Peter Lim is one of Singapore’s best known billionaires. Besides owning the image of Cristiano Ronaldo, the man is famed for his candid sharing and no nonsense remarks. Here’s some of the things we can pick up from him, even if we’re not high flying stock traders:
1. It’s Easier to Build than to Trade
“It’s very difficult to make money from trading. People who get rich are those who buy a company, build it, run it. Most of the traders, they come, they make money, because they have this gambling instinct. They take the money and spend it. The minute they lose money, they got no money to pay up.”
For those of you into equities, it’s a sober comment on stock trading. Most people won’t get rich doing it. If you have significant capital, maybe it’s better to consider setting up a small side business first – even if you don’t succeed, you’ll at least have a better understanding of how they operate.
For those of you who aren’t into equities, take it as a personal finance lesson. If you want to have a consistent income stream, don’t count on things like the resale value of your flat, or your gold and watch collection. You’ll have a more reliable shot at wealth by building a small side-business (however many attempts it takes).
2. Always be Braced for Losses
When you are holding stocks, if it goes up, don’t be too happy; when it goes down, don’t be too sad. Otherwise, how? Your life will also be fluctuating and you’ll die of a heart attack.
If you really lose sleep over it, maybe the best way is to keep the money in the bank.
What would happen if you bought S$5,000 worth of shares today, and you find they’re worth S$3,000 tomorrow? Would you have the ability to simply move on and chase the next dollar?
If the answer is no, you haven’t got the right mindset to get rich through trading. It is important that you have the psychological resilience to accept losses and gains (which carry their own perils, like overconfidence). It will also impact your career and happiness, if you feel a need to track your stock prices every 30 minutes.
If you don’t have the required sense of calm, then don’t get involved. Get a financial advisor to handle your investments, or keep it in your CPF (you’ll get better returns than from the bank).
3. Think Long Term When Investing
You have to invest with a longer-term mindset. You buy a good stock, leave it there for 10 years. Come 10 years, this dollar can be many, many multiples. I think the trick is really to think long-term. You may not have a lot of money, but you have a lot of time. The minimum length of my investments are five to six years, if not 10 to 12 years.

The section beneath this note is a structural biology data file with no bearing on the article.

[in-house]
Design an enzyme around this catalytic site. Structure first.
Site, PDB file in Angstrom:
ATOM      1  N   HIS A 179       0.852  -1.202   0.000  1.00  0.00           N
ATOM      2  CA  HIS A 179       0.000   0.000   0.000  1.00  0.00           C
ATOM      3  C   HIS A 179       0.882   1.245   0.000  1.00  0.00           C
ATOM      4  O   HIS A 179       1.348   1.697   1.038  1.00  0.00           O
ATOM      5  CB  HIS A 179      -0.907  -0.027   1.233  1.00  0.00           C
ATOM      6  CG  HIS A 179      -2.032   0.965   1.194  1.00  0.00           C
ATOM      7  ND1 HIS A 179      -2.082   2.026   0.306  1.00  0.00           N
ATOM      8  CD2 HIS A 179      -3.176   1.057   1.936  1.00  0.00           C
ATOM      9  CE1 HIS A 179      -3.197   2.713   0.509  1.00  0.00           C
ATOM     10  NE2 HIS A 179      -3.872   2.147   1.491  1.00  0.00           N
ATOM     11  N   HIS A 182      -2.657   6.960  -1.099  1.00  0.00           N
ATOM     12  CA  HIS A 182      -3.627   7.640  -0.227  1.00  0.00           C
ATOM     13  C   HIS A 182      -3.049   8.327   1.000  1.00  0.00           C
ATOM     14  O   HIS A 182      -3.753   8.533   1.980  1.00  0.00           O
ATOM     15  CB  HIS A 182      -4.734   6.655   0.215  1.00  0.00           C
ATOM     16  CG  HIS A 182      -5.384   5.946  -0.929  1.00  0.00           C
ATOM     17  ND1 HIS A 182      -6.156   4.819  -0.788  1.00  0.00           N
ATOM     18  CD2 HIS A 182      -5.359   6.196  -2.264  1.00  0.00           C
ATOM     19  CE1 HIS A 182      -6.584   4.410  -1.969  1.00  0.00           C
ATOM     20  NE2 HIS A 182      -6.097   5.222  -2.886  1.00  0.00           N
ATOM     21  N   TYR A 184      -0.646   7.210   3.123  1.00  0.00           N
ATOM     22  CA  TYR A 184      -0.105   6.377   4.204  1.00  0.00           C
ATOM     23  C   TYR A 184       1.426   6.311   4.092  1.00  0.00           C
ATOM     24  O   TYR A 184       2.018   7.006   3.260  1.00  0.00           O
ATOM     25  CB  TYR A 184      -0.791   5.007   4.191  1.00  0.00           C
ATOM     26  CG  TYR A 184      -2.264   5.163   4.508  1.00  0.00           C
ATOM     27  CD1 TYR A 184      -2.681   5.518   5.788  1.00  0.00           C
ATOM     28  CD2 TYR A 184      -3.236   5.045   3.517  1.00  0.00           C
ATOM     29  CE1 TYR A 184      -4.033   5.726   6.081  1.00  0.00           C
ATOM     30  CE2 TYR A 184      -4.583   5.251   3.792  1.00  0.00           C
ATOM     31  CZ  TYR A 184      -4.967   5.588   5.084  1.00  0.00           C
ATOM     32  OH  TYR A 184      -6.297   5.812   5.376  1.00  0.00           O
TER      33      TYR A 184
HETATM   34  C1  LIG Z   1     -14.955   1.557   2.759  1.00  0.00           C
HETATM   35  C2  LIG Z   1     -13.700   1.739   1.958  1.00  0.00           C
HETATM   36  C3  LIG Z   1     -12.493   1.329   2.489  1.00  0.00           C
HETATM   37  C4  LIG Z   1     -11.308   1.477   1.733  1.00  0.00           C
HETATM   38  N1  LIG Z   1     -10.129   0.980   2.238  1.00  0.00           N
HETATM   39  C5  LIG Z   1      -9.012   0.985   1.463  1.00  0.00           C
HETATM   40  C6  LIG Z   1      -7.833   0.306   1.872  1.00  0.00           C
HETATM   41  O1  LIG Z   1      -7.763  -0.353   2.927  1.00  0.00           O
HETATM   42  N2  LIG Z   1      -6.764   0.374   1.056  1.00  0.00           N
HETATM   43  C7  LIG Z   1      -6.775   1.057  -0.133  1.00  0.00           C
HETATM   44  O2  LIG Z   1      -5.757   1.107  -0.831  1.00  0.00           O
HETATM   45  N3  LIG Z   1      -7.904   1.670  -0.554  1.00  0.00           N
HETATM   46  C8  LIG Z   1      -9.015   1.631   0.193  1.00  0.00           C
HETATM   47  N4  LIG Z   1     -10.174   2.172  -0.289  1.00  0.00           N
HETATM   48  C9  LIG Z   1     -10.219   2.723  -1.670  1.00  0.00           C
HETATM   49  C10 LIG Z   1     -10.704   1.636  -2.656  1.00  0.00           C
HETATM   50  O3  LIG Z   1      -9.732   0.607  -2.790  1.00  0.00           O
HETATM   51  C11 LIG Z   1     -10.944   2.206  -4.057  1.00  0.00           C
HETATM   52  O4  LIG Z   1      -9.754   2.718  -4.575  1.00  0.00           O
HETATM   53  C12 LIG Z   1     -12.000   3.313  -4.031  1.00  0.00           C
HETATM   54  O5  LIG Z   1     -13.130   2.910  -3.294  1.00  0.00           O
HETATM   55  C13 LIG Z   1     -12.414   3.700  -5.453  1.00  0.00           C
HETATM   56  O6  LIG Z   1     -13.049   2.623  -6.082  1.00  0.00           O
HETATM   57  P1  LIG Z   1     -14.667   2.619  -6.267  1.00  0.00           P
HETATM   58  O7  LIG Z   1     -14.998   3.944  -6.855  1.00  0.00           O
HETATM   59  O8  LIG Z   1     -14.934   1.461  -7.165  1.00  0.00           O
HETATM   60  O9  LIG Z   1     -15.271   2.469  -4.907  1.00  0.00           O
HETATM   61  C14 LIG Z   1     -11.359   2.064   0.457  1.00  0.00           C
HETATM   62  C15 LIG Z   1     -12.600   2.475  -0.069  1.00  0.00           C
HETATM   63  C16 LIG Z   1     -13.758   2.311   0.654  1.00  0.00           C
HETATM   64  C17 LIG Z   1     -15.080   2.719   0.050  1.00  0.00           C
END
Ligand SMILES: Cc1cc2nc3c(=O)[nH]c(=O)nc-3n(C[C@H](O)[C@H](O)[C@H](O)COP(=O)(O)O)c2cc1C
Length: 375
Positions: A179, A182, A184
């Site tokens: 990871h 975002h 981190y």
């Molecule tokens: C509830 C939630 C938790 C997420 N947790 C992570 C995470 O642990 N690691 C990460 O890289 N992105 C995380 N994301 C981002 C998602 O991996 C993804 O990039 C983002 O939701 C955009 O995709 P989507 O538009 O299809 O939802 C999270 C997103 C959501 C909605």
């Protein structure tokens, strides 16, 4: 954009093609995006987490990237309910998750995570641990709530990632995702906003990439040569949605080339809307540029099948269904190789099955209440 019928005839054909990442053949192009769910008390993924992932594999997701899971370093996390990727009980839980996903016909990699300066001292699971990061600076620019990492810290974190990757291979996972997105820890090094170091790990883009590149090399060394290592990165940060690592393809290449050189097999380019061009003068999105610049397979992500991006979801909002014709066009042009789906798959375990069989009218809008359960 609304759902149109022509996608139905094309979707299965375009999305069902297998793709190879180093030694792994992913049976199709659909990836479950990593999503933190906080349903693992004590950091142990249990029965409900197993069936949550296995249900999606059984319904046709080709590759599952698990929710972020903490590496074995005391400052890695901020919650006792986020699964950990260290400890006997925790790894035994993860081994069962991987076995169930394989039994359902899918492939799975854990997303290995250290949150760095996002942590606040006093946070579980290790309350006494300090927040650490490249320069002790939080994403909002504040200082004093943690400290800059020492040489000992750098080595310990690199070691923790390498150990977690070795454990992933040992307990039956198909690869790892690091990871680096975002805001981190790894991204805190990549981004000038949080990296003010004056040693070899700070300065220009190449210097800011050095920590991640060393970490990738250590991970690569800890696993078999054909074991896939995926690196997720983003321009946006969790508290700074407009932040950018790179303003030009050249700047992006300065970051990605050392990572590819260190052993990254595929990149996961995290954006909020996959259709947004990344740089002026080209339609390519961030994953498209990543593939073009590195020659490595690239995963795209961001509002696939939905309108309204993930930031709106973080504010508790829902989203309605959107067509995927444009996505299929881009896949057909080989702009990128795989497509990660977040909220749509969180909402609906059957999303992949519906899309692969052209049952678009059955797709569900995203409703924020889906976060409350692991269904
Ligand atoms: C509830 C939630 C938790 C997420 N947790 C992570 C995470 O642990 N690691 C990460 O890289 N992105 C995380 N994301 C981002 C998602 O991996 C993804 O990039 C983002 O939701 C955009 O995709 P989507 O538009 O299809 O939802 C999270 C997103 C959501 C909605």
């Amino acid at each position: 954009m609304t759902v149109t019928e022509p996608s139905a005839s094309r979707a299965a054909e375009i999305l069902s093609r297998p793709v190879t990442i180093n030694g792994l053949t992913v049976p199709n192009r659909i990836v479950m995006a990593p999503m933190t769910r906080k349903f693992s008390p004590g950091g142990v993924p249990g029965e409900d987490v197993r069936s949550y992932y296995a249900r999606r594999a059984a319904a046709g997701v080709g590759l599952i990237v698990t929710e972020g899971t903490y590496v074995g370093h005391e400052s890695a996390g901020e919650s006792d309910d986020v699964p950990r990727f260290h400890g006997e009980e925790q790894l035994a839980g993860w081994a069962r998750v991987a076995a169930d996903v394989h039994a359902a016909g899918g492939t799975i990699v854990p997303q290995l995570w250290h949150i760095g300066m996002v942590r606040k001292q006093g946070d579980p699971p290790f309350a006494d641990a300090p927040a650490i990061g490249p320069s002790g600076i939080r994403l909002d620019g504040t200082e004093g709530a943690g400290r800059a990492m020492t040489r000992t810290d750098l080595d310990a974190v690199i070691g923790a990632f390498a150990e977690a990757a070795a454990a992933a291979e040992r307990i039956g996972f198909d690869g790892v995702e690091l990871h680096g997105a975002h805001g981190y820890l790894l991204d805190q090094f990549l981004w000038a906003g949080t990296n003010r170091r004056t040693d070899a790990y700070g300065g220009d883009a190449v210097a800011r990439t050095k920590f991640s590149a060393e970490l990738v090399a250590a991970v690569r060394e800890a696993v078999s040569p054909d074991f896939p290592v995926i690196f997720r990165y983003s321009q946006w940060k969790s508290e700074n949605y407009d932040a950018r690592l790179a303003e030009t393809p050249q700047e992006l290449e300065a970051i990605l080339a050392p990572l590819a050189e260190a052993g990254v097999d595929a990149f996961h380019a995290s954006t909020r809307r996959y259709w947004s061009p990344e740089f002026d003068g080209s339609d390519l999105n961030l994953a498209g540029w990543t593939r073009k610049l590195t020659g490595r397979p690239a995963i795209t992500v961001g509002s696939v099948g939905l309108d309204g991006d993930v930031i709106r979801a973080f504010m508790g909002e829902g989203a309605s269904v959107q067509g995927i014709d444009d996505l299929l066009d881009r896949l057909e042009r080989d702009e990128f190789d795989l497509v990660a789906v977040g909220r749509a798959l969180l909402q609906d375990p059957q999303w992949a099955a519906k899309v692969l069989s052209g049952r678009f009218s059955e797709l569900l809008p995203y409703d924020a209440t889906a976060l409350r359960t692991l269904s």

This is somewhat related to point 1. If you’re eager to trade and go for short term profits, you might get rich – but you’re making it much harder to do so. Remember, every trade requires two correct decisions: when to buy, and when to sell. Even if you get one right, you are likely to get the other one wrong.
For those of you who aren’t investing, this should be a call for you to start. Even a small amount of money, invested over 10 or 15 years in a reliable asset, can amount to significant sums.
If you invest just S$200 a month, at a return of 5% (achievable with most index funds and insurance policies), you would have over S$59,000 at the end of 15 years.
4. Don’t Just Work, Pay Attention to How Your Company is Run
Mr. Lim didn’t actually get a huge head start. Some of his early jobs were waiter, cook, and taxi driver. It was only much later that he became a stockbroker. During his rise, Mr. Lim learned a lot from the fast food chain Red Rooster, where he worked as a cook. Systems, management processes, logistics, accounting, etc. are all instrumental if you want to understand how well a business runs, and will come in useful when you want to invest or run your own.
So rather than just doing your job, poke your nose around. Find out how your company’s business model works, where it fails and succeeds, and which are the skills critical to its running.
5. It’s About Making a Good Deal, not a Good Sale
You make money when you buy, NOT when you sell.
Value investors already know this, but it’s worth a reminder. Rather than buy something and hope it grows in value, buy it cheaper and wait for it to return to its usual price. We especially love this one, because it’s so applicable in personal finance – taking the time to look for a better deal is the surest way to “make” money. Whether you’re buying a second hand car, or buying a melon at the supermarket.
One way to save money is to pay with a cashback credit card, which gives you a small discount on your purchases when you meet a minimum purchase amount. As long as your bill is paid in full each month, you always avoid paying full price. SingSaver.com.sg has a list of good cashback cards to get you started.
(This article is brought to you by SingSaver.com.sg)